The market is flooded today with Drinking Water Systems offered by many companies large and small throughout the nation. With more than 500 companies selling water treatment products, it is easy to understand why consumers could have difficulty comparing one product to another. Most units improve only the water's taste and odor (aesthetics); the few units that do reduce contaminants of health concern very greatly in the range of contaminants that they effectively remove.
In recent years, industry standards have been established and widely accepted which make it much easier for the consumer to evaluate the many different systems available. This report will help you understand the standards and regulations which have been established nationally, and how consumers can compare water treatment devices currently on the market today.
The Federal Safe Drinking Water Act of 1974 established the U.S. Environmental Protection Agency as the agency responsible for setting standards for drinking water and monitoring the public water utilities. As of May, 1992, the EPA had established Federally enforceable standards for 89 contaminants that may be found in your drinking water. In a report commissioned by Ralph Nader, at least 2,110 contaminants have been identified in the nation's water supplies. The EPA will continue setting standards for additional contaminants but at a slower pace.
The standards established by the EPA are expressed as the "Maximum Contaminant Level" or "MCL" which represents the maximum level at which the contaminant can be found in your drinking water and the water still be considered "safe". Needless to say, drinking water that is considered "safe" today may not be considered "safe" tomorrow when new standards may be established. And "safe" may not meet your personal standards for healthy drinking water.
In addition, contaminants such as Lead, Trihalomethanes, and Asbestos, can occur in drinking water after the water leaves the water utility treatment plant. Lead is known to leach into water from the plumbing in our homes as well as from the municipal distribution system, causing problems for many water users. Even homes with copper plumbing can present a risk because until recently lead solder was used to connect the copper pipes.
Of equal concern is Trihalomethanes, an undesirable byproduct produced by chlorine treatment which is known to be a carcinogen. Disinfection is an essential component in the treatment of potable water, and chlorination has been used to make drinking water microbiologically safe in the United States since 1909. However, when chlorine is used for disinfection, there is cause for concern about the potential risks associated with Trihalomathanes and other disinfection byproducts that have been linked to cancer.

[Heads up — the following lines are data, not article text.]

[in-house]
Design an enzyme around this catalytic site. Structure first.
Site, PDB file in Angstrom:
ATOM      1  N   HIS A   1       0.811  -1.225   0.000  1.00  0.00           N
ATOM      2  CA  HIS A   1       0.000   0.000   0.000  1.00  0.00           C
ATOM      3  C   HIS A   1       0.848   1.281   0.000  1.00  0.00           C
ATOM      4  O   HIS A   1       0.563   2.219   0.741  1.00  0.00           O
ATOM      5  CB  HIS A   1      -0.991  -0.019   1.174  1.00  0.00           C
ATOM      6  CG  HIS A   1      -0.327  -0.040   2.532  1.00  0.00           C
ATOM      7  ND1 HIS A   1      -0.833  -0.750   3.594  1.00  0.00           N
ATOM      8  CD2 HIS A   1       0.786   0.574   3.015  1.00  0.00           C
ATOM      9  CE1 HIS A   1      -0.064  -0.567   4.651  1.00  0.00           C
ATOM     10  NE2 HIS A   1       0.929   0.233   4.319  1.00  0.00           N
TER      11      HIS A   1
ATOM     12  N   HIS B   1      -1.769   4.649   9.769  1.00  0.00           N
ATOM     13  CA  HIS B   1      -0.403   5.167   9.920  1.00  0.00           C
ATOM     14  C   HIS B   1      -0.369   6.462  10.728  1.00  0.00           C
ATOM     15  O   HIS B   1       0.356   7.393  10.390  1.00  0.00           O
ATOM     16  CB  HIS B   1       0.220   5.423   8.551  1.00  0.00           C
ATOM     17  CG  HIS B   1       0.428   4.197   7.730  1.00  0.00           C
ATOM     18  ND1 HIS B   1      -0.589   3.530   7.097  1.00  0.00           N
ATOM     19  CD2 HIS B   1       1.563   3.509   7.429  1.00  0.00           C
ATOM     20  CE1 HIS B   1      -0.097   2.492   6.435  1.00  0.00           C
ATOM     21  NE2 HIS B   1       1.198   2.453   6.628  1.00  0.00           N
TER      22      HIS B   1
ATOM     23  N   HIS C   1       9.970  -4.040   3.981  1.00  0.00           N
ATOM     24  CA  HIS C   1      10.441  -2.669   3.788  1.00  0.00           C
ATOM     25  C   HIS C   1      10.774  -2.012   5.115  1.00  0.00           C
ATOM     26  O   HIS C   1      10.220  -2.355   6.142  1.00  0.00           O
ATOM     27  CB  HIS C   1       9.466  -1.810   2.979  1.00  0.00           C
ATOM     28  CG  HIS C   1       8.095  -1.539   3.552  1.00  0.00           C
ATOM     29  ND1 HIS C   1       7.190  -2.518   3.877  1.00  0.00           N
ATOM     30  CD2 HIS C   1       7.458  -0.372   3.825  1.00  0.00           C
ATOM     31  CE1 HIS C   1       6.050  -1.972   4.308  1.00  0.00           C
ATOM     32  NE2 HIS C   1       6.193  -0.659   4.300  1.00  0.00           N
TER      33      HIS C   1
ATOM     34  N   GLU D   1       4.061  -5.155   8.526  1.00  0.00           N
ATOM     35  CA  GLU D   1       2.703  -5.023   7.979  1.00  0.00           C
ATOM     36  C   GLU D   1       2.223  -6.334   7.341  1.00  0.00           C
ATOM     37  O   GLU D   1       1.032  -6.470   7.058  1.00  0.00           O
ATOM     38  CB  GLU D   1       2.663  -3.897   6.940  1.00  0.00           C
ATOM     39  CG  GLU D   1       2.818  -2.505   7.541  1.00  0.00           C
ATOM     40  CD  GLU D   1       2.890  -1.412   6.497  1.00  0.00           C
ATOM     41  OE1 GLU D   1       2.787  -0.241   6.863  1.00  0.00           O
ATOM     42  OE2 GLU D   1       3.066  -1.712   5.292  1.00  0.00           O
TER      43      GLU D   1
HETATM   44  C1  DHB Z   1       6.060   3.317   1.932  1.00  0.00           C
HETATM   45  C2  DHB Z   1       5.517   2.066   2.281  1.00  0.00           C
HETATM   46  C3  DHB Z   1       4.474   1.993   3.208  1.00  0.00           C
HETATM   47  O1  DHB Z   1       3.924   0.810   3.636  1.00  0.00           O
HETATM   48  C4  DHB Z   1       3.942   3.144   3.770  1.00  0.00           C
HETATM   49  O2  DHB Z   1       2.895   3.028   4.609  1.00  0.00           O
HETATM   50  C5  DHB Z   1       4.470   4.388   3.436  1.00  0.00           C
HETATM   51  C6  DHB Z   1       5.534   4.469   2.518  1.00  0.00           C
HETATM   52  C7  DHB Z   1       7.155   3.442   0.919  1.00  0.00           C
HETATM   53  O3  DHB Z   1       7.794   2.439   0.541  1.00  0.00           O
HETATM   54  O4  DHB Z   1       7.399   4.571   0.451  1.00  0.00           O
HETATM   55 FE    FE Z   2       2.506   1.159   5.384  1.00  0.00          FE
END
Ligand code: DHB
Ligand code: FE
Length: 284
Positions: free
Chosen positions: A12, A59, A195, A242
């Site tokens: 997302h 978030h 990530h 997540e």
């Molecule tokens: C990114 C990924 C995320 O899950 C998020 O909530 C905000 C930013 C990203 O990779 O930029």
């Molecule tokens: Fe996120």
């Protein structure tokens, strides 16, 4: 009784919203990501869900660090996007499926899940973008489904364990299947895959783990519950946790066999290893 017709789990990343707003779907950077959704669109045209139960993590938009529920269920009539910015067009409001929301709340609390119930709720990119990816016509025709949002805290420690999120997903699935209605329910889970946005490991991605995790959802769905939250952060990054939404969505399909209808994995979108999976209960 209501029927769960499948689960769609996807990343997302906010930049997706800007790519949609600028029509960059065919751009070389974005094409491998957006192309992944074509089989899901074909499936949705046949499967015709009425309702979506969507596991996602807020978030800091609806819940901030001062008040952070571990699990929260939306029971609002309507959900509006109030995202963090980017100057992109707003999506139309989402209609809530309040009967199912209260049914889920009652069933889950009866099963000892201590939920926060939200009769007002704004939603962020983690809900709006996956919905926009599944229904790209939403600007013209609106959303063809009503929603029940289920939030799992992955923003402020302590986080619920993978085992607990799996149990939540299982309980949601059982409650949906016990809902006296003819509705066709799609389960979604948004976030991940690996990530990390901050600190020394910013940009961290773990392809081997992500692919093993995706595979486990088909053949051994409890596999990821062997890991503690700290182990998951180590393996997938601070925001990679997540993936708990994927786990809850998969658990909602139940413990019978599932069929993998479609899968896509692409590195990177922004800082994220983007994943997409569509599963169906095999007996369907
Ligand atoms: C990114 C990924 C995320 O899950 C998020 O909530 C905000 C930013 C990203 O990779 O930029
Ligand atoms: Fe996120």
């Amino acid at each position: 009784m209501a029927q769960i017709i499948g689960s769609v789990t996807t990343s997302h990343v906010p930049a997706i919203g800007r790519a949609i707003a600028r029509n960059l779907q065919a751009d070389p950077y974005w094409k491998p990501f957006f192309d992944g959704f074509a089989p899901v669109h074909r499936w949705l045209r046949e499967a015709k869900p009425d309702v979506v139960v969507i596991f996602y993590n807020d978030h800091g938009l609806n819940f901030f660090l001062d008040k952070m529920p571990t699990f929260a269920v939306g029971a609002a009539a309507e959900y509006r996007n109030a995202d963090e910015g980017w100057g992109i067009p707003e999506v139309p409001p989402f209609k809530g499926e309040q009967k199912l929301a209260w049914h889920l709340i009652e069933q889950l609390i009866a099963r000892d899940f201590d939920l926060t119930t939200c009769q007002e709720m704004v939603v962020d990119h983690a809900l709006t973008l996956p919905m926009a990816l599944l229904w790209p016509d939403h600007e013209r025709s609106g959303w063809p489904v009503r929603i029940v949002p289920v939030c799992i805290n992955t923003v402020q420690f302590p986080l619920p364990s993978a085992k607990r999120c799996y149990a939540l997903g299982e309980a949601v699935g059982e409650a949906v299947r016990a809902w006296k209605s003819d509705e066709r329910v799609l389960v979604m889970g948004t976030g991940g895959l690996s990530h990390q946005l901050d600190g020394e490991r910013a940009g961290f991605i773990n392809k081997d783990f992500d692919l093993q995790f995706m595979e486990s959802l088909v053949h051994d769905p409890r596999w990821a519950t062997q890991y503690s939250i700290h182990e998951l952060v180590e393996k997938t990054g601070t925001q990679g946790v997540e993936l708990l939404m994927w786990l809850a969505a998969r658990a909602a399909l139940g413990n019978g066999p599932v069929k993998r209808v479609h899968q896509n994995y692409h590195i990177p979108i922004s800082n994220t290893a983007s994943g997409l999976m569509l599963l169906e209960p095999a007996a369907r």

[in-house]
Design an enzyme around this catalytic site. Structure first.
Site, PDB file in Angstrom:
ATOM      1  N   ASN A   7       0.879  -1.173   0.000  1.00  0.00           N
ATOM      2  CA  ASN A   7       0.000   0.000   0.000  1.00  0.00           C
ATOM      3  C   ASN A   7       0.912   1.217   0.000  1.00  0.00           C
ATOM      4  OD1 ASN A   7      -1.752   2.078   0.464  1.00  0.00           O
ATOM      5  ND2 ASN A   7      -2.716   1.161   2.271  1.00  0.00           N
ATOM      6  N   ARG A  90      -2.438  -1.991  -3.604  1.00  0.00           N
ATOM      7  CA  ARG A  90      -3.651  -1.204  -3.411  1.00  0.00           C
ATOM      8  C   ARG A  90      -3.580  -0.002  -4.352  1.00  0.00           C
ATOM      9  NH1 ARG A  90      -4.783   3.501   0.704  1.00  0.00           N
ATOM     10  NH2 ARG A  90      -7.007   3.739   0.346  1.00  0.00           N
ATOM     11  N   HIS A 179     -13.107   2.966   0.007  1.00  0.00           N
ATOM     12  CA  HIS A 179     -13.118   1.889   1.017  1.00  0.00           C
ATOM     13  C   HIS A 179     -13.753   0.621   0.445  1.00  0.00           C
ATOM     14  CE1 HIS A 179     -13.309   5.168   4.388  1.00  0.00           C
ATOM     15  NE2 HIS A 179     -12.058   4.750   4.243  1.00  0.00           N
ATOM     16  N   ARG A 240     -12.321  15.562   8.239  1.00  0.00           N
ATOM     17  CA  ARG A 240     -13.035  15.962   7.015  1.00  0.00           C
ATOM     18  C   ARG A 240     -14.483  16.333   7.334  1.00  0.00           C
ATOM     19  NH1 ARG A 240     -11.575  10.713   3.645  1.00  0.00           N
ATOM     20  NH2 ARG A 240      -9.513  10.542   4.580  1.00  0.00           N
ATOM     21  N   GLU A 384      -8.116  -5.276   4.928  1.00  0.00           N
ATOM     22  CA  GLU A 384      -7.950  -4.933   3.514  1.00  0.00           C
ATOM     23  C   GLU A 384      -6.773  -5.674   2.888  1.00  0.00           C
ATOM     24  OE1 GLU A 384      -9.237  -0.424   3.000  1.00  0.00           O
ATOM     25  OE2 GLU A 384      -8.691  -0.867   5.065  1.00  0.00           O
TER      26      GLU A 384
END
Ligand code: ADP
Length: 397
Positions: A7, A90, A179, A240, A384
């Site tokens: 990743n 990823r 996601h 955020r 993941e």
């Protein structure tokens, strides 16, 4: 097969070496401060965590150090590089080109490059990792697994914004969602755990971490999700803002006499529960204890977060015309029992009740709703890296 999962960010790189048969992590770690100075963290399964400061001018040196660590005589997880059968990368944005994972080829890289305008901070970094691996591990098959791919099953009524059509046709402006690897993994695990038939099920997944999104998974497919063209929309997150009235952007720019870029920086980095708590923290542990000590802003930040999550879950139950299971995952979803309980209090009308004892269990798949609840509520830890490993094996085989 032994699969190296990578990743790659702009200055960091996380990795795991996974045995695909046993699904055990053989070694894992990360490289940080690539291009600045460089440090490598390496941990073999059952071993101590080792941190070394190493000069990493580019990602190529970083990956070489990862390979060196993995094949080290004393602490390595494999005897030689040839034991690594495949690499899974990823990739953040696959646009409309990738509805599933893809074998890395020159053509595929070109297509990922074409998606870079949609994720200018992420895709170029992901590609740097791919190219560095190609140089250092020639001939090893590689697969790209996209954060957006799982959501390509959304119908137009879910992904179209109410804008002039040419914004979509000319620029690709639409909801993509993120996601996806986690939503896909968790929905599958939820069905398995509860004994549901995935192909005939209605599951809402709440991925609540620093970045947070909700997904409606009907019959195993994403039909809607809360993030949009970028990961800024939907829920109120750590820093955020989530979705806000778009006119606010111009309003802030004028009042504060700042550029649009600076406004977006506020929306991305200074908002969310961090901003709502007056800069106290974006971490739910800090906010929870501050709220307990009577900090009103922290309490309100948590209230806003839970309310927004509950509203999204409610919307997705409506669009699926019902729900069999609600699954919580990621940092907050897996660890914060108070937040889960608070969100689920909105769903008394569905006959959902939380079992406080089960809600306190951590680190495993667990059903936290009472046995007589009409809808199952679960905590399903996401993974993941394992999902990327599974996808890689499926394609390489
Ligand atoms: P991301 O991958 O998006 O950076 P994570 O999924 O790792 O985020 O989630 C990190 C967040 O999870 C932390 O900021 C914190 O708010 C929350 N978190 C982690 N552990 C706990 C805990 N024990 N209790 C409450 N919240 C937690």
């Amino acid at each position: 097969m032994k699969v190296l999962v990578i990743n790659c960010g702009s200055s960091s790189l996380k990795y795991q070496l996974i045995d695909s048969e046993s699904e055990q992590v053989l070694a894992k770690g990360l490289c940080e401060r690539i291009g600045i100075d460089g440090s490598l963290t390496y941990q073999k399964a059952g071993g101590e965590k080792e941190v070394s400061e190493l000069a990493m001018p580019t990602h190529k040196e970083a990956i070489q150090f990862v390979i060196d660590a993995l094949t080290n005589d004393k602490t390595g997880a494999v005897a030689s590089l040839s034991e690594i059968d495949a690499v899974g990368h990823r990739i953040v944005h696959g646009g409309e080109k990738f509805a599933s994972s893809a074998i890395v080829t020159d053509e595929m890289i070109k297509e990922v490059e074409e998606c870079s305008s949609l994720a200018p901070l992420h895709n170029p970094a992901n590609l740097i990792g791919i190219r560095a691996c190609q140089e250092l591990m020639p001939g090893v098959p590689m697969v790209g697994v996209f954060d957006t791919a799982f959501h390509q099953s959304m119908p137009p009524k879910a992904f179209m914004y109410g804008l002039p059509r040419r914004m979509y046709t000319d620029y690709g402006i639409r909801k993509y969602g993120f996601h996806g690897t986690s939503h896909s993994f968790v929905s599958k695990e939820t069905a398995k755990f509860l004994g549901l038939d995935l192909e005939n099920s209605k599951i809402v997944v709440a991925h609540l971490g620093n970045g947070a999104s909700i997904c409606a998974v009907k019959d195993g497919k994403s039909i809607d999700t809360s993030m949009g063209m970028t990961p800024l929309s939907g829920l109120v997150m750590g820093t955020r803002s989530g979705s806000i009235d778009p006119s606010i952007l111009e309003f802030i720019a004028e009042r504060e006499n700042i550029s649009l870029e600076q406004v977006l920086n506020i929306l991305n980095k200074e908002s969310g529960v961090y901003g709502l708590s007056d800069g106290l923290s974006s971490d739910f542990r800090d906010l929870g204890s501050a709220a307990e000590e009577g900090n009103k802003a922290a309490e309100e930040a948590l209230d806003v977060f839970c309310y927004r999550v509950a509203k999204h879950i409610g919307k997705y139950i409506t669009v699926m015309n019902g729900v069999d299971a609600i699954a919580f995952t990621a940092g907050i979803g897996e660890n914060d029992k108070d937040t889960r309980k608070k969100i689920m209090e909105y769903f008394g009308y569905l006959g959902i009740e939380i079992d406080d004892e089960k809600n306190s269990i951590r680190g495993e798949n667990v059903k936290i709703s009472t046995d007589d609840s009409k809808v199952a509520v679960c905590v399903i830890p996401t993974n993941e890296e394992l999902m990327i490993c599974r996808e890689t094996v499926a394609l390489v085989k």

The EPA does not establish standards or testing protocol for drinking water treatment devices; the EPA refers consumers seeking assistance in evaluating water treatment devices to NSF International, and Underwriters Laboratories (UL), not-for-profit organizations devoted to developing and administering programs related to public health. NSF/ANSI standards and criteria are used internationally for consumer products and services, including drinking water treatment units. Widely recognized by public health officials as credible, third-party certifiers, NSF International and UL standards provide assurance to the consumer that the drinking water treatment devices certified by NSF or UL will perform in accordance with the claims made by the manufacturer or distributor.
In addition, some states have established certification or registration requirements for drinking water treatment devices for which health claims are made. To date, the States of California, Colorado, Iowa, Massachusetts, and Wisconsin have established some form of regulation for the point-of-use water treatment industry, and other state are soon to follow. As additional standards emerge nationally, it will be even easier for the consumer to compare water treatment devices.